Gladys Porter Zoo, Brownsville, TX: still holding?
    Cincinnati Zoo, OH: still holding?
    Cleveland Metroparks Zoo, OH: still holding?
    Queens Zoo, Queens, NY: should still be holding
    Houston Zoo, TX: no longer holding?
    Nashville Zoo, TN: should still be holding
    Smithsonian Zoo, DC: still holding
    Phoenix Zoo, AZ: still holding?
    Racine Zoo, WI: still holding
    Rolling Hills Zoo, Salina, KS: should still be holding
    Salisbury Zoo, MD: should still be holding
    San Antonio Zoo, TX: still holding?
    San Diego Zoo, CA: still holding
    Saint Louis Zoo, MO: should still be holding
    Rosamond Gifford Zoo, Syracuse, NY: still holding?
    Reid Park Zoo, Tucson, AZ: still holding?
    Good Zoo, Wheeling, WV: still holding?

    Total Individuals: ?
    Total Holders: ?

    The last breeding I am aware of was 1.0 born at Queens Zoo in early 2017. An article that talked about the cub also stated that there are only six potential breeding pairs in the country. The population is largely geriatric, which is partially why I'm unsure if a lot of these zoos are still holding their elderly individuals. I am not aware of any zoos that have added them recently.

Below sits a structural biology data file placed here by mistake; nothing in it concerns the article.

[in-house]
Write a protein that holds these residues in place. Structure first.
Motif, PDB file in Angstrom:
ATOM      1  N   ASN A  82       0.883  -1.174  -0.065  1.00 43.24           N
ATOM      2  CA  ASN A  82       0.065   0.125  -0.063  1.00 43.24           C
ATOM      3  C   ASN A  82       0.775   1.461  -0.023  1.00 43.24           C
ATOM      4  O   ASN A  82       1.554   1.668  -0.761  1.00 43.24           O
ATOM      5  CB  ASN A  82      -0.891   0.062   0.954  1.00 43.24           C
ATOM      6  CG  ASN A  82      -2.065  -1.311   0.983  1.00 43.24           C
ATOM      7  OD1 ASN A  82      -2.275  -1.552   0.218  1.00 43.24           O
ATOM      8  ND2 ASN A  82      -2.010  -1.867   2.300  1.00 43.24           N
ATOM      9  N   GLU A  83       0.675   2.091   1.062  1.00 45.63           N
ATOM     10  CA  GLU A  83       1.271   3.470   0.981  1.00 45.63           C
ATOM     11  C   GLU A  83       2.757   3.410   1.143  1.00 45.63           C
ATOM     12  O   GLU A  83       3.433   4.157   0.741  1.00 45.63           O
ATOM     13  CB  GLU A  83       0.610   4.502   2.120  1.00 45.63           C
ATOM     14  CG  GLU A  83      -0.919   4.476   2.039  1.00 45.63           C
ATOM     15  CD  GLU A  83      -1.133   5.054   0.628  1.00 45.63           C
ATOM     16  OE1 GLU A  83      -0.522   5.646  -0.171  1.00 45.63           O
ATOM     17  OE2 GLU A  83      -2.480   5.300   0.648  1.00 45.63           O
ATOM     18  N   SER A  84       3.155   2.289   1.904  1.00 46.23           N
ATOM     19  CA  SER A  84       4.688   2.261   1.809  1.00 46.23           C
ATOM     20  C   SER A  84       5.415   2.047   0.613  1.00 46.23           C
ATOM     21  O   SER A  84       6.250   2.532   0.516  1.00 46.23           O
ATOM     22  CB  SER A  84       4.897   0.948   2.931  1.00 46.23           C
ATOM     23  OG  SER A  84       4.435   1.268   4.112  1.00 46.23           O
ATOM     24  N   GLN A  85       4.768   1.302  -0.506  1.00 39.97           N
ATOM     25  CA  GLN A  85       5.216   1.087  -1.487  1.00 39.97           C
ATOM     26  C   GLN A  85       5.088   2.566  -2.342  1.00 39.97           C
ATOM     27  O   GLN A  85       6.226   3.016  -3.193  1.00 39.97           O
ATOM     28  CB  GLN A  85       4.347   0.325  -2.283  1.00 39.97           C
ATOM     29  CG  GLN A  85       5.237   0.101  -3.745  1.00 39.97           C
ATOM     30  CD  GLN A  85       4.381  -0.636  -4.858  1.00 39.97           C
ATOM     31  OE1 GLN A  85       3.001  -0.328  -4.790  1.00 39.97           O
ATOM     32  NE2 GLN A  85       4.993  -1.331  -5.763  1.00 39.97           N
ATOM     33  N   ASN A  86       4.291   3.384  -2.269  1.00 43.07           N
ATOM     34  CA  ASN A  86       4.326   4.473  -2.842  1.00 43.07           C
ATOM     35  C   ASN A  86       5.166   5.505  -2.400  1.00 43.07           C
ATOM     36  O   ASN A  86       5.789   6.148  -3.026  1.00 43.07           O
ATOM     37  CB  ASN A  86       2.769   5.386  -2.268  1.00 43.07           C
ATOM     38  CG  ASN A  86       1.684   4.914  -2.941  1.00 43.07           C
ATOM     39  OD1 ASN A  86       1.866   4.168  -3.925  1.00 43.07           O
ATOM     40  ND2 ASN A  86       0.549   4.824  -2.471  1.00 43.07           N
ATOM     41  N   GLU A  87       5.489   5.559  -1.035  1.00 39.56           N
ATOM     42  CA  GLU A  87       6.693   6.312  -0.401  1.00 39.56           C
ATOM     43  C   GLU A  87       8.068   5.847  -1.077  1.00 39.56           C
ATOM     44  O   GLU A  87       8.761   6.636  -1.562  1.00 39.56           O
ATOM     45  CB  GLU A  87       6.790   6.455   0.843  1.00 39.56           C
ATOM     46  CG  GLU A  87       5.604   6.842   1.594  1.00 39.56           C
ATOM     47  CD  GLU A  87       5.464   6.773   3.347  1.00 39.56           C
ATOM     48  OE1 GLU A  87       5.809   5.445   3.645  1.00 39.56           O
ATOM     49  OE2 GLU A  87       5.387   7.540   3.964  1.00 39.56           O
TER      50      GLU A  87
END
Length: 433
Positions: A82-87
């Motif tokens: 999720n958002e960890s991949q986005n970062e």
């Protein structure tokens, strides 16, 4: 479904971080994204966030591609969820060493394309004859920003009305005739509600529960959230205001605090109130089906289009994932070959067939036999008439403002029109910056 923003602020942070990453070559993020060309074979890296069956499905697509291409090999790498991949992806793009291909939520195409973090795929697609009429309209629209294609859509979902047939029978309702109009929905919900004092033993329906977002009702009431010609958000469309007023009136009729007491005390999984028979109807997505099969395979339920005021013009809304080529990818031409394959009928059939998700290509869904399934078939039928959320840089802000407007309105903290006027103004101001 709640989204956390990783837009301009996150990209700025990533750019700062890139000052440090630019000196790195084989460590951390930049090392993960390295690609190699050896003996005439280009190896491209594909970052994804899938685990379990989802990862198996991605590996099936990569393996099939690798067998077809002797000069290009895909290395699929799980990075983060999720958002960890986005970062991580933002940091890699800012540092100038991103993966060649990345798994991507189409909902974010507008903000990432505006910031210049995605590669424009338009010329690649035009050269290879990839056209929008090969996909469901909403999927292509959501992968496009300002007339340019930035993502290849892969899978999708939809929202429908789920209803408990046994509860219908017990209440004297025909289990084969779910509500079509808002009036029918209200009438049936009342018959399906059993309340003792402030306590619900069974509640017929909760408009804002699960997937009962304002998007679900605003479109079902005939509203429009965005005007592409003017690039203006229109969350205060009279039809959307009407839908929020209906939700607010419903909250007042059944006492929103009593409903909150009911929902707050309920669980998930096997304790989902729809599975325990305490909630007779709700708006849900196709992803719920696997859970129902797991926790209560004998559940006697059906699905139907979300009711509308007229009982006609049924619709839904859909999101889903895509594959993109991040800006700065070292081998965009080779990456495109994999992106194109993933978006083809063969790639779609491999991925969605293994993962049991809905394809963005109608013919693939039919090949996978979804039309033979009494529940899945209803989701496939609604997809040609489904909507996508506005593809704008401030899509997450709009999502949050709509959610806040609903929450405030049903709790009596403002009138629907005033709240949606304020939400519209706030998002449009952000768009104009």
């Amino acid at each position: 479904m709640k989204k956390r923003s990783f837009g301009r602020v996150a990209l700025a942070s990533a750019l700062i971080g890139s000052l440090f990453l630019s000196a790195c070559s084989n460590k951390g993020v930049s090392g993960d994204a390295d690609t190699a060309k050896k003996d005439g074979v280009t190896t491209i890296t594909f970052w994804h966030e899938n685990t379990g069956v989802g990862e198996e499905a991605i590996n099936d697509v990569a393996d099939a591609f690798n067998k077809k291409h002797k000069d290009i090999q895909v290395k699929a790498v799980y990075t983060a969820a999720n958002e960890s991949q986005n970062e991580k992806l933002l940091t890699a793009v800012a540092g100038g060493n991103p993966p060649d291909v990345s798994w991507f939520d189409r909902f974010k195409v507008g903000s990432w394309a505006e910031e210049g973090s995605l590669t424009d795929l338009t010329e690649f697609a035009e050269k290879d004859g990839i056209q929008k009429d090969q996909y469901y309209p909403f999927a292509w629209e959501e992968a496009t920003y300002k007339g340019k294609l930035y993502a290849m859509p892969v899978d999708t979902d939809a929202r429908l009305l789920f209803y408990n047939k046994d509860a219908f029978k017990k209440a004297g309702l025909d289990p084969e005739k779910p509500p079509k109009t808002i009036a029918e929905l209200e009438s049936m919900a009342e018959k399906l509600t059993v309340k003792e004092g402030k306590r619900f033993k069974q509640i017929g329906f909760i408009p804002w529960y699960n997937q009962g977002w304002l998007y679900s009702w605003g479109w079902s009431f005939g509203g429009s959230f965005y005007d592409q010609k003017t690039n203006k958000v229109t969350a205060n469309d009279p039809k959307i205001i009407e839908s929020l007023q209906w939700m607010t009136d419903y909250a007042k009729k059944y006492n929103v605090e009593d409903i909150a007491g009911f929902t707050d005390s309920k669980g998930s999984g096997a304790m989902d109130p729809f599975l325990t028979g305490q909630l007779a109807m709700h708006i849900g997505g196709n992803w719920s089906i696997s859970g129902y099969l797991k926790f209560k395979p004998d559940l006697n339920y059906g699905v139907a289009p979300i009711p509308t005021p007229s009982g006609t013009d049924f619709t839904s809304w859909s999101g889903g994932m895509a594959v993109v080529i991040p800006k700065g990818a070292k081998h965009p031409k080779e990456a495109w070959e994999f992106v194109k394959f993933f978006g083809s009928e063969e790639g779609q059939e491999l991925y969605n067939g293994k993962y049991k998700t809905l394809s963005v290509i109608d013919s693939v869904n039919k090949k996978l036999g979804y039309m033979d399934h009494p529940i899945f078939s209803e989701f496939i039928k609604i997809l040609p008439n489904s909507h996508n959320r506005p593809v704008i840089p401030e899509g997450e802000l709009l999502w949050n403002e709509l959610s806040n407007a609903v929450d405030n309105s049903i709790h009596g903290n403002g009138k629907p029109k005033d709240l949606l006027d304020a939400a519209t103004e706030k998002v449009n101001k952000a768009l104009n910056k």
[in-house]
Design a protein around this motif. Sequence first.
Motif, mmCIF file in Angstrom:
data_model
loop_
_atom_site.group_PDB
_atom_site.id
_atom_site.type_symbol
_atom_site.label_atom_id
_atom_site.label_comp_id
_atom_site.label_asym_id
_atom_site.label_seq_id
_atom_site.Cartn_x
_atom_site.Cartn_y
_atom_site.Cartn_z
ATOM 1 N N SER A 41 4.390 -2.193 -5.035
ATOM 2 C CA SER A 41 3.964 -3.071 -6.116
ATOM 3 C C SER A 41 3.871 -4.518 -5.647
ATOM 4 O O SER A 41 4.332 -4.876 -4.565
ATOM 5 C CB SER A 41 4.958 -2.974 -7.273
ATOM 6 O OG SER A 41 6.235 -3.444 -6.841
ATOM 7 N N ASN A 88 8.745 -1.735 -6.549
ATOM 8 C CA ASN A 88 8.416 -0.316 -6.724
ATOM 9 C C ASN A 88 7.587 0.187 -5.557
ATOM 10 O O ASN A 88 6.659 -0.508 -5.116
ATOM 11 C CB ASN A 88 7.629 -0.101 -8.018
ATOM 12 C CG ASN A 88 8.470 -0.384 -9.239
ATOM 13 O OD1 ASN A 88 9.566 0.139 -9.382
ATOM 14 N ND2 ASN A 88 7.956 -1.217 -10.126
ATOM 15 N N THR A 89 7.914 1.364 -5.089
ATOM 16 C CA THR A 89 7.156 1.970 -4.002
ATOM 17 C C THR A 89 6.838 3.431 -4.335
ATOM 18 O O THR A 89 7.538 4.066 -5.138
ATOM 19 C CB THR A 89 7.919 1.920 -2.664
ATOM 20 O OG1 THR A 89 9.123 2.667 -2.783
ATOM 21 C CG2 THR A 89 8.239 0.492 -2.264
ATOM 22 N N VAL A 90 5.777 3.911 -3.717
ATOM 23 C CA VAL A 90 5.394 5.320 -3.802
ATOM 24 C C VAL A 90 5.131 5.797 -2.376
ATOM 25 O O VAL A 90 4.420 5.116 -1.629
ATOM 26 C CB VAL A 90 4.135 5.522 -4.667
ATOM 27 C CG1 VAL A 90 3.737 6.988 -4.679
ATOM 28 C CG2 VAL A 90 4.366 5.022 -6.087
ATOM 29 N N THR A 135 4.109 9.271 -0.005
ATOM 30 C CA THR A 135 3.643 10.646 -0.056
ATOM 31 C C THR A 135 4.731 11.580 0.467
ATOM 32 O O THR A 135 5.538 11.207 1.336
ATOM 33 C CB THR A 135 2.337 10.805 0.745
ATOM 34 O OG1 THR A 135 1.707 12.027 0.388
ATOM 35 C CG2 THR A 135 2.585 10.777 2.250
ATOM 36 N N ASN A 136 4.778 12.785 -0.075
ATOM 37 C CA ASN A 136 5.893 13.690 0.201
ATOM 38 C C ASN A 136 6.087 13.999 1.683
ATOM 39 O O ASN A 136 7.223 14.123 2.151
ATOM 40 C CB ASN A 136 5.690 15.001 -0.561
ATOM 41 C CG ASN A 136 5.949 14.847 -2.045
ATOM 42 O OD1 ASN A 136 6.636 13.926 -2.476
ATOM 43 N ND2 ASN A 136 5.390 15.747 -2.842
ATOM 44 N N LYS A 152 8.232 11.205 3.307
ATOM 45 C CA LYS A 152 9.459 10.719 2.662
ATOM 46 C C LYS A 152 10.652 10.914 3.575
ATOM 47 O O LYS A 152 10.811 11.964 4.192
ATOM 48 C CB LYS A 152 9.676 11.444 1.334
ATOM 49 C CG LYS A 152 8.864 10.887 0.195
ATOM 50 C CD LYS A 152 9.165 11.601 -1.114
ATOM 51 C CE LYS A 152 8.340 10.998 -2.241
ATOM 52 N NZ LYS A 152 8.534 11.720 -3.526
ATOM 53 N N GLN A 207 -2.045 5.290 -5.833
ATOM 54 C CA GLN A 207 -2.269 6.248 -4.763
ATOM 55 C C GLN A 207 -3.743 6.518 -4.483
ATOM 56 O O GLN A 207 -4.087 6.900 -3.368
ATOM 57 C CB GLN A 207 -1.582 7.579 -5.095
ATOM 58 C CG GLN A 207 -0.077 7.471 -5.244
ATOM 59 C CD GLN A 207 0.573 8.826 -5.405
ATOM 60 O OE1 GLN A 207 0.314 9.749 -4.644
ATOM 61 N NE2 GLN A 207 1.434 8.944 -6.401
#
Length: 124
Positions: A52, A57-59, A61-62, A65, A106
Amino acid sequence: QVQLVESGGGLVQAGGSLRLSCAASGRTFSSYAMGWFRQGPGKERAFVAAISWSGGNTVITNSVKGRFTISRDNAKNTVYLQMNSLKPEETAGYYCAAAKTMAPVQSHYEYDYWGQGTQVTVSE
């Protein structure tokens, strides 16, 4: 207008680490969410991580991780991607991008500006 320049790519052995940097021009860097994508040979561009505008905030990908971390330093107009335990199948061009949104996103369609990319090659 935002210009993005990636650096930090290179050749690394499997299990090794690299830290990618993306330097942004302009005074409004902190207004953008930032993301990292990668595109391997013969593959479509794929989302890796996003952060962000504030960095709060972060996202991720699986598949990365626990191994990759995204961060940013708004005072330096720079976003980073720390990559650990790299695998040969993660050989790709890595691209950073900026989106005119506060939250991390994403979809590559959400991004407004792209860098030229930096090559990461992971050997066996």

Sun Bear (Helarctos malayanus)

    This species is being phased out of zoos on the continent, and as a result the population is now mostly geriatric. I may also be missing zoos from this list.

    Oakland Zoo, CA: still holding... 0.3?
    San Diego Zoo, CA: still holding... 1.1?
    Honolulu Zoo, HI: still holding?
    Pueblo Zoo, CO: 1.0?
    El Paso Zoo, TX: still holding?
    Gladys Porter Zoo, Brownsville, TX: still holding?
    Audubon Zoo, New Orleans, LA: still holding
    Zoo Atlanta, GA: still holding
    Minnesota Zoo, Apple Valley, MN: still holding?
    Saint Louis Zoo, MO: still holding
    Virginia Zoo, Norfolk, VA: still holding?
    Zoo Miami, FL: still holding?
    Little Rock Zoo, AR: still holding?